A few weeks ago, I wandered into a bookshop as I am apt to do (something about the siren call of untouched books) and was thoroughly shocked to see the number of books available centered around feminism. Don’t get me wrong – I loved it. But I was surprised. I remember days when trying to get an unabridged copy of Simone de Beauvoir’s Le Deuxième Sexe (The Second Sex) was an adventure in itself. Today, you can find it abridged, unabridged, in every language, with pictures, with ribbons, with cake.
In a way, I am pleased that feminist literature has become so mainstream. It is reassuring to think that the feminist plight is gaining traction – after all, publishers wouldn’t publish such books if they didn’t think people weren’t going to read them.
But there seems to be such an influx on feminist books today and I worry that navigating through and finding true gems can become difficult in an increasingly saturated genre. So in honour of International Women’s Day, I thought I’d share ten of my favourite books. It’s by no means an exhaustive list of the great literature out there, but they’re ten books that I enjoy and often return to. It’s a good starting point if you’re new to the party – it’s the Feminist Starter Pack! I get a lot of questions about the books I’m reading and why, so I hope some of these titles will pique your interest and help you decide where you stand on the topic.
It’s 6:00. AM. That’s in the morning. My glutes are on fire and as I waddle my way to the bathroom, I’m wondering why I’m awake. Every muscle in my body aches. I can barely lift my toothbrush to my mouth, but a few minutes later, I’m out the door to get to Frame for a 7:45 Box-Fit class.
I used to have a habit of wandering around Shoreditch in search of really snobby coffee. And by “I used to…” I mean, “I still do.” But about a year ago, I stumbled across a hidden cave of wonders on my quest for the perfect flat white. What probably attracted me was the colourful painted wall. Painted on it were the words, “BE BAD UNTIL YOU’RE GOOD.”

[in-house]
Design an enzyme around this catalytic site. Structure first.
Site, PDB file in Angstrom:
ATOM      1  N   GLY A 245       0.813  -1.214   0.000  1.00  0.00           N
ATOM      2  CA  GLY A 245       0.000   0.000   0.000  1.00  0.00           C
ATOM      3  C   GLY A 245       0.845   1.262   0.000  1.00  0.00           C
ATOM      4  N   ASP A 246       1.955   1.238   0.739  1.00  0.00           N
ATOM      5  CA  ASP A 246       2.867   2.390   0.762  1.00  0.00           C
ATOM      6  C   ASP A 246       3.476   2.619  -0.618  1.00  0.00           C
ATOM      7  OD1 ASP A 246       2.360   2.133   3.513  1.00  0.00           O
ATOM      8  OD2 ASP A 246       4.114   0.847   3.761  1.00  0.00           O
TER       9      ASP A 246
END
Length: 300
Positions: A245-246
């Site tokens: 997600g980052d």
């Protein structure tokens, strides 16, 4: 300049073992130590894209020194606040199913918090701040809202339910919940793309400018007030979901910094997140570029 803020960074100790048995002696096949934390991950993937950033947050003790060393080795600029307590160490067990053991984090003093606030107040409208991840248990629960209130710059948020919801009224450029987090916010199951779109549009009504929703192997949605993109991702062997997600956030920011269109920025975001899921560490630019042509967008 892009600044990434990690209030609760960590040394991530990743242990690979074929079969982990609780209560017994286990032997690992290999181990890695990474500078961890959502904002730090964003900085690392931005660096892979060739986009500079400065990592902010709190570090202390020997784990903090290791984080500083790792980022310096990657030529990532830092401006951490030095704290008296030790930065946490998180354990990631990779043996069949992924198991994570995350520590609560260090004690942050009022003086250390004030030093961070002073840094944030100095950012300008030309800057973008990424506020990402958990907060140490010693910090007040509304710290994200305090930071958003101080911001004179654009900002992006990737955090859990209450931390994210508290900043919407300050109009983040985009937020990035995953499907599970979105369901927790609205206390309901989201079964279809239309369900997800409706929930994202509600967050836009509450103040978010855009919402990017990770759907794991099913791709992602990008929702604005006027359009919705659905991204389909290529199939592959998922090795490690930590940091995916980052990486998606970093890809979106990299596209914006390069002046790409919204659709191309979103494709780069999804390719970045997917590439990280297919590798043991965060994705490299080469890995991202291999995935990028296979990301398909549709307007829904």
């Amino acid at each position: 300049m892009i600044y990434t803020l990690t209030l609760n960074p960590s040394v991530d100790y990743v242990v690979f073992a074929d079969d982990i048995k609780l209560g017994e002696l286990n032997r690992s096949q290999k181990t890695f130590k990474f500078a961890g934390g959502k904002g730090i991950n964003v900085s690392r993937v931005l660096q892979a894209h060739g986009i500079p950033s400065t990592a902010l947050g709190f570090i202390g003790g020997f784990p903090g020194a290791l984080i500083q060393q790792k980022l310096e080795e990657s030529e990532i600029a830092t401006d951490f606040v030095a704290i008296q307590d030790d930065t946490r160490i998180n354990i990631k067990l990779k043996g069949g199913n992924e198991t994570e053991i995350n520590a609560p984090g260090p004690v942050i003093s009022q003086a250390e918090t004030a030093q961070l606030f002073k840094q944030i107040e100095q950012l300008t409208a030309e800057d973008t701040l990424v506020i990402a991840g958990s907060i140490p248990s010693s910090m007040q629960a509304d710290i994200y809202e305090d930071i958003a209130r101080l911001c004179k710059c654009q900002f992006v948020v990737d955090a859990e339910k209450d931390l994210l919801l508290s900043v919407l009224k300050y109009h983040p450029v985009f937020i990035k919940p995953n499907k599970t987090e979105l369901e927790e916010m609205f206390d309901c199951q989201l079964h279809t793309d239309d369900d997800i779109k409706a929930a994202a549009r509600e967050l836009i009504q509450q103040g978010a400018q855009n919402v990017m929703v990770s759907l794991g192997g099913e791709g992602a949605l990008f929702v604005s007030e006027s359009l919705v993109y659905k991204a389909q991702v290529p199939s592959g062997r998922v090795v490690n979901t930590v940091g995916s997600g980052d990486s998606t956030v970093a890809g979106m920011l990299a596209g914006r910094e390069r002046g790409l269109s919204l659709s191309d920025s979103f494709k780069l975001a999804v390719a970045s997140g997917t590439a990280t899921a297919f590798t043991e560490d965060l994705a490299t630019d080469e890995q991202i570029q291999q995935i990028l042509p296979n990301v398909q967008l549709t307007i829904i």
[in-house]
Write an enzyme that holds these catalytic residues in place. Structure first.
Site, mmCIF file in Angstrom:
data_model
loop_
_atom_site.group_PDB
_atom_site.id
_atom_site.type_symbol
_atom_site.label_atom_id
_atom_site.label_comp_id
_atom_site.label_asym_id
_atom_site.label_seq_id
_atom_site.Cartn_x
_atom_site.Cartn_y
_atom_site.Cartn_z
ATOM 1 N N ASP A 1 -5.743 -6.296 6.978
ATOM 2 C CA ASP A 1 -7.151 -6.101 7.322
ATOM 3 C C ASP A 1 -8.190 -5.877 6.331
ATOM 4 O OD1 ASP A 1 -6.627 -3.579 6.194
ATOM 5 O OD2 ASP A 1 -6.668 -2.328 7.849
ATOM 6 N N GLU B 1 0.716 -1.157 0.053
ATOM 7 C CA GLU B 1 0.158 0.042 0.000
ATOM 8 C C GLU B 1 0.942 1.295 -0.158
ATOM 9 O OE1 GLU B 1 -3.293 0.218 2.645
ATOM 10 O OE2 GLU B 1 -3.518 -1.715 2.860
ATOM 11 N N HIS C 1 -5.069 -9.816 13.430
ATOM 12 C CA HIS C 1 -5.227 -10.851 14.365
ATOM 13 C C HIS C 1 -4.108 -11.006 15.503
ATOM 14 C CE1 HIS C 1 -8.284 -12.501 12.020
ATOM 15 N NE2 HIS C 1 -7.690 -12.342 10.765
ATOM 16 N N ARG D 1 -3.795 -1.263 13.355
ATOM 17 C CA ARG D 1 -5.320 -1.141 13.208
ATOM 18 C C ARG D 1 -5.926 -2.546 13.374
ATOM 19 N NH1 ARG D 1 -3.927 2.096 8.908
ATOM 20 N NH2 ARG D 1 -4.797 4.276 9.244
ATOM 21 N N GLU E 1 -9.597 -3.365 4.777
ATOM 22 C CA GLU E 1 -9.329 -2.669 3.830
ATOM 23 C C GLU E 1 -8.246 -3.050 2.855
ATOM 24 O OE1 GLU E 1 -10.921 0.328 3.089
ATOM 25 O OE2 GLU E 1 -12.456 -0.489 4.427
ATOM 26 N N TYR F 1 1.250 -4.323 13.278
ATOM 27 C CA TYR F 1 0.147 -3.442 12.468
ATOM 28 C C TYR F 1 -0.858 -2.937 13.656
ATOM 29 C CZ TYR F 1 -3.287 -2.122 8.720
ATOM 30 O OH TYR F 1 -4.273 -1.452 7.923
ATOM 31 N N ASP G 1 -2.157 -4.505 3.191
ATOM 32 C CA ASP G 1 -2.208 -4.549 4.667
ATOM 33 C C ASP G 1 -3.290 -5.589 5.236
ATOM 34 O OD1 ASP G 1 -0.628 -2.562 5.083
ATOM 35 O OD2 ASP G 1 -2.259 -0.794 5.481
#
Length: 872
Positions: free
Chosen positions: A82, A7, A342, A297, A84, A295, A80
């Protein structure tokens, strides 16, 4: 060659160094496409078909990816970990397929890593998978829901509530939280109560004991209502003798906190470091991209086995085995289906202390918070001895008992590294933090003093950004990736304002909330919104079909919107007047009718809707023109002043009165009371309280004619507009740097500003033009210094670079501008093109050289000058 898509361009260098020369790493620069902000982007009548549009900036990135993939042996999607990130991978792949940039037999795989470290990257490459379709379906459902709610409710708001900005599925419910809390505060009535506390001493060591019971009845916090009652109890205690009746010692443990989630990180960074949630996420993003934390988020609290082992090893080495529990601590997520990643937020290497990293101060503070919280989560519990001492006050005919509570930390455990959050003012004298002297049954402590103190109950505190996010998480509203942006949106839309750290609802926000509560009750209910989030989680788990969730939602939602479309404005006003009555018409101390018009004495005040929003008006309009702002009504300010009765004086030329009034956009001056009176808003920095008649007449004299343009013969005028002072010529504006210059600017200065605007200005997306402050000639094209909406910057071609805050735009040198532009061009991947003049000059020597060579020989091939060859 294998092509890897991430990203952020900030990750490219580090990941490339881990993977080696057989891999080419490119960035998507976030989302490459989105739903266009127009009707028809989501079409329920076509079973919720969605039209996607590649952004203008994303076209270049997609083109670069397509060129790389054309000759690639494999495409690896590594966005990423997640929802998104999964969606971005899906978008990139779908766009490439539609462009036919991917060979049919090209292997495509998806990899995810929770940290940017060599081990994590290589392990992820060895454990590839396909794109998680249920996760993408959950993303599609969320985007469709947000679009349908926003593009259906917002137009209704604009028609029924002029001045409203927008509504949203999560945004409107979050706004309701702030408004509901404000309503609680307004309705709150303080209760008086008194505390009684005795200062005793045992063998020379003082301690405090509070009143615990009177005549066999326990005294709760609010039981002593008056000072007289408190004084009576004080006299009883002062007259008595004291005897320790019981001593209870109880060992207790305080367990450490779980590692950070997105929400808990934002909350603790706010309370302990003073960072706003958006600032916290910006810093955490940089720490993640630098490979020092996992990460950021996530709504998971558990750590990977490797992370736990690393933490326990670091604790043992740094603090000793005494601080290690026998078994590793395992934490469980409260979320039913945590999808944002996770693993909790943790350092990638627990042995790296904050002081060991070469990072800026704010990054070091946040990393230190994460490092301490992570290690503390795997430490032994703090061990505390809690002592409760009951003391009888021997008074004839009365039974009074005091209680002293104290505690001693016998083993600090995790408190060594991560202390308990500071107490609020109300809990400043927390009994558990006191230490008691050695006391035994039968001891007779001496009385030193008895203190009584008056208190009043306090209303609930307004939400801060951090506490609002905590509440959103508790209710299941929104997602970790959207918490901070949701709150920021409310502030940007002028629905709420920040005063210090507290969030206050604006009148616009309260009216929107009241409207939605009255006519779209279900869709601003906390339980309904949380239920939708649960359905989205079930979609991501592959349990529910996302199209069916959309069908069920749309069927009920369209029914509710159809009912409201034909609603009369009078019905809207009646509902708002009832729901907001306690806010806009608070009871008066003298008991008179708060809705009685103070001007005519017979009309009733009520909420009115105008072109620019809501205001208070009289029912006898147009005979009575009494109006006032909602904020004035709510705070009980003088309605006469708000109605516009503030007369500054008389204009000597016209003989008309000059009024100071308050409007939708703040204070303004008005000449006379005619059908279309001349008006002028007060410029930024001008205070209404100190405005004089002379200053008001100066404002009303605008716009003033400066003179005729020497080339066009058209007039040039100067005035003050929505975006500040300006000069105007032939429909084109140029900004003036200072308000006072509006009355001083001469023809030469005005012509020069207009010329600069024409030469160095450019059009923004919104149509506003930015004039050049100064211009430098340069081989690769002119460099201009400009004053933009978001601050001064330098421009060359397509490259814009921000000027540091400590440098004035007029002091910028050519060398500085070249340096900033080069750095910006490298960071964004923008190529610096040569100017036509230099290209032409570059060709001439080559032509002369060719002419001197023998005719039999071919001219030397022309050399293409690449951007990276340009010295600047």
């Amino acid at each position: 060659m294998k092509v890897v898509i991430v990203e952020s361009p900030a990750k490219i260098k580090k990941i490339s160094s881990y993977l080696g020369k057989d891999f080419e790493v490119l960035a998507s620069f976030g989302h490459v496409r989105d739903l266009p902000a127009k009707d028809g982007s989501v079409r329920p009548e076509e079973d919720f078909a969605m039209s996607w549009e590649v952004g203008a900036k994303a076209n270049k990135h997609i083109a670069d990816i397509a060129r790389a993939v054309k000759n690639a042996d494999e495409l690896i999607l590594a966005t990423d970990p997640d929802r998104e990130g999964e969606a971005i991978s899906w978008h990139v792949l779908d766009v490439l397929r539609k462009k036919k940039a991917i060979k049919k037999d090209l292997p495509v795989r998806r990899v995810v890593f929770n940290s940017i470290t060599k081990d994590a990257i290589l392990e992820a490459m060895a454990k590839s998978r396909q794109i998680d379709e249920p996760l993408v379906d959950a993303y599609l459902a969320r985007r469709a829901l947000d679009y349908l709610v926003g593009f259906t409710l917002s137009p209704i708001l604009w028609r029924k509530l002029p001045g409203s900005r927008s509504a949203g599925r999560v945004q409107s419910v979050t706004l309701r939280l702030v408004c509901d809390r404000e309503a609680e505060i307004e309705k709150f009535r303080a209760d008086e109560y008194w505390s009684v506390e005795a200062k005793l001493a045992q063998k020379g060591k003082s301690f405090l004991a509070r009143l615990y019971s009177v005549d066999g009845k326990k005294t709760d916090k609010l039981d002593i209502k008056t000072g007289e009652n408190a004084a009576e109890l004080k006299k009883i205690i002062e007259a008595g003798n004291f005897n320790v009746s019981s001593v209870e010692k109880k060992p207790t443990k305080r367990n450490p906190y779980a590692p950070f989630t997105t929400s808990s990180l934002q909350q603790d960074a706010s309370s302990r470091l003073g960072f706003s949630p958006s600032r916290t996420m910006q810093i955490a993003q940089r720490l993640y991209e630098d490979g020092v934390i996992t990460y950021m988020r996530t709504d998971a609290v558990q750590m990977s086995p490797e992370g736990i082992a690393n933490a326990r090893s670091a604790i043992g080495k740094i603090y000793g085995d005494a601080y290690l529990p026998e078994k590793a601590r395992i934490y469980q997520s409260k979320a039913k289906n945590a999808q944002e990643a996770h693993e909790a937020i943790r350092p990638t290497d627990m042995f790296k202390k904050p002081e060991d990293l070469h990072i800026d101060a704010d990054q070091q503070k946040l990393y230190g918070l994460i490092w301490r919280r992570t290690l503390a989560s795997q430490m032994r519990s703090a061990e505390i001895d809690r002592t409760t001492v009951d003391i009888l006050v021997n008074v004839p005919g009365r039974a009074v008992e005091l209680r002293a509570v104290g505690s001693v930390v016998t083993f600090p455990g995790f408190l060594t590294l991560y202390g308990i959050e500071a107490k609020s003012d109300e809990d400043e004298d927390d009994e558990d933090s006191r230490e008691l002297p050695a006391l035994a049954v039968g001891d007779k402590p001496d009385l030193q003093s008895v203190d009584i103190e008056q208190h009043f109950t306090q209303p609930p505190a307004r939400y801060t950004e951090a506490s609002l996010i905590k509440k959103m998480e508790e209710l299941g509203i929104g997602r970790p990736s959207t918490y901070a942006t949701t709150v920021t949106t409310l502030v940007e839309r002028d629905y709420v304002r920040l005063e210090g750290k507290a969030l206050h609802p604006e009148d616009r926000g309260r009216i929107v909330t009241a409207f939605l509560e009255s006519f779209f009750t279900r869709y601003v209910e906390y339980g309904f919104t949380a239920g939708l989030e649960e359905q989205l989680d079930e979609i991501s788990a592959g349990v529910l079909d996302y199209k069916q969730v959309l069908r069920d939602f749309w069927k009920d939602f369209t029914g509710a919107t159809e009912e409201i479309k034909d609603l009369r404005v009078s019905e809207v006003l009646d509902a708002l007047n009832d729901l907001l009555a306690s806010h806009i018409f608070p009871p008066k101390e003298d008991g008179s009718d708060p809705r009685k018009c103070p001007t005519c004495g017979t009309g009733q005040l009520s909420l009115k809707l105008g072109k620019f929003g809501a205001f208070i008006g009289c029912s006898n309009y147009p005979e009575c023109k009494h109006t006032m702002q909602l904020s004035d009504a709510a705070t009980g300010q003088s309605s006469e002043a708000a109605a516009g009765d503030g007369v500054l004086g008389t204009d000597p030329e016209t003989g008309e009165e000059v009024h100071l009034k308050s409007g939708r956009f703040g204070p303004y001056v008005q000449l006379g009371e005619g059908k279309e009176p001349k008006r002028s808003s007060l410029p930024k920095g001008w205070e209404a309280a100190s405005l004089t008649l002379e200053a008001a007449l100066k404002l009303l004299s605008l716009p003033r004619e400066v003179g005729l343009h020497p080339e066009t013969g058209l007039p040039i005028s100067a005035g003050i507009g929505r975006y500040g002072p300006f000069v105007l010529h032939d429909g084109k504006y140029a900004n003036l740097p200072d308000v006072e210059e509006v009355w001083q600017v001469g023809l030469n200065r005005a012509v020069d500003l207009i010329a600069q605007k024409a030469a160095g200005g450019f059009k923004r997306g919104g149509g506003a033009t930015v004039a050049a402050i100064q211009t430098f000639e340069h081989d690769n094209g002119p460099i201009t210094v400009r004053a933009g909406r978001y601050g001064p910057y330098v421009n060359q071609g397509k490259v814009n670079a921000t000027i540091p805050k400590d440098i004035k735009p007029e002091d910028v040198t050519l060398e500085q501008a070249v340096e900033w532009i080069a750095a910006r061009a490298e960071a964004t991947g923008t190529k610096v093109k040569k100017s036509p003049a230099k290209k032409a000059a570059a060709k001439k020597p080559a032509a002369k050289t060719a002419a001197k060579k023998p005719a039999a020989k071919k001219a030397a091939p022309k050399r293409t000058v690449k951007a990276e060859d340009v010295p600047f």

Intrigued, I scurried in to the warehouse space under an Overground overpass following a group of young women decked out in the brightest coloured Sweaty Betty, LuluLemon, and Nike. Noticing the coffee machine, I cautiously approached the bubbly lady at the front desk and asked, “Are you guys a cafe?”
She laughed and said, “Kind of, you can grab a smoothie or coffee or any juices there. We’re a health and fitness centre.”
“So you’re a gym?”
“Erm… not really,” she replied. She continued to explain what Move Your Frame is and now that I’ve been attending classes for close to a year, I will vehemently defend Frame against anyone that calls it a gym, because it’s not. Frame is really a health and fitness centre offering mostly group exercises classes. Frame has everything from Pilates and every kind of yoga flow, to barre and boxing, to TRX and HIIT PT, to dance cardio and music video, to my favourite Body and Total Body by Frame.
The best thing about Frame is that even if you only take a 30 minute class, you’ll feel it the next day. It burns, but it burns so good. It reminds me of that line from Legally Blonde when Elle Woods chipperly quips, “Exercise gives you endorphins, endorphins make people happy, (happy people just don’t kill their husbands).” But it’s true, ever since I started regularly attending Frame, I have felt such a lift in my overall mood. I’m happier and am less prone to anxiety. When I’m feeling stressed or angry, I immediately sign up for a Box-Fit class with Andrew to punch it out. When I’m feeling pensive, I opt for a more low-key (but still effective) barre class with Lisanne or Gede.
Frame is about embracing the burn and more importantly, embracing your body. Frame teaches you to work for that better version of yourself while respecting the limits of your body. Every class begins with a brilliant instructor asking if there are any injuries he or she should be aware of. The instructors are fantastic by the way, and if you’re heading in to the Shoreditch studio, I recommend taking a class with Gede, Lisanne, Andrew, Keith, Ianthe, or Nathalie. Legends.
While I initially joined in that deluded let-me-drop-20lbs-in-a-week frenzy we all know too well, I’ve stuck around not because I’ve lost any weight (I actually don’t know if I have, I can’t remember the last time the battery in my scale actually worked!). What keeps me coming back is how I feel. I am physically stronger, my energy levels are higher, my body is firmer with muscle. Pillsbury Dough Boy I am no more! There are times when I sniffle at the price, especially as a full time student with zero income. But I assure you, it is worth it and obviously my fellow Framers who I see week after week agree.
I am not a fitness guru. I do not know how to grow that booty, nor do I intend to enroll in the next CrossFit Games. That’s just not my thing (books are my thing – unfortunately a rather sedentary thing). But I’m happier and full of Framer protein smoothies, so my non-existent husband is safe… for now.
Photo from Instagram @moveyourframe
Frame Studios can be found in Shoreditch, King’s Cross, Victoria, and Queen’s Park. Their timetable can be found here. You can find them on Instagram @moveyourframe. Move Your Frame is located in London, but who knows maybe they’ll be coming tor wherever you are someday soon!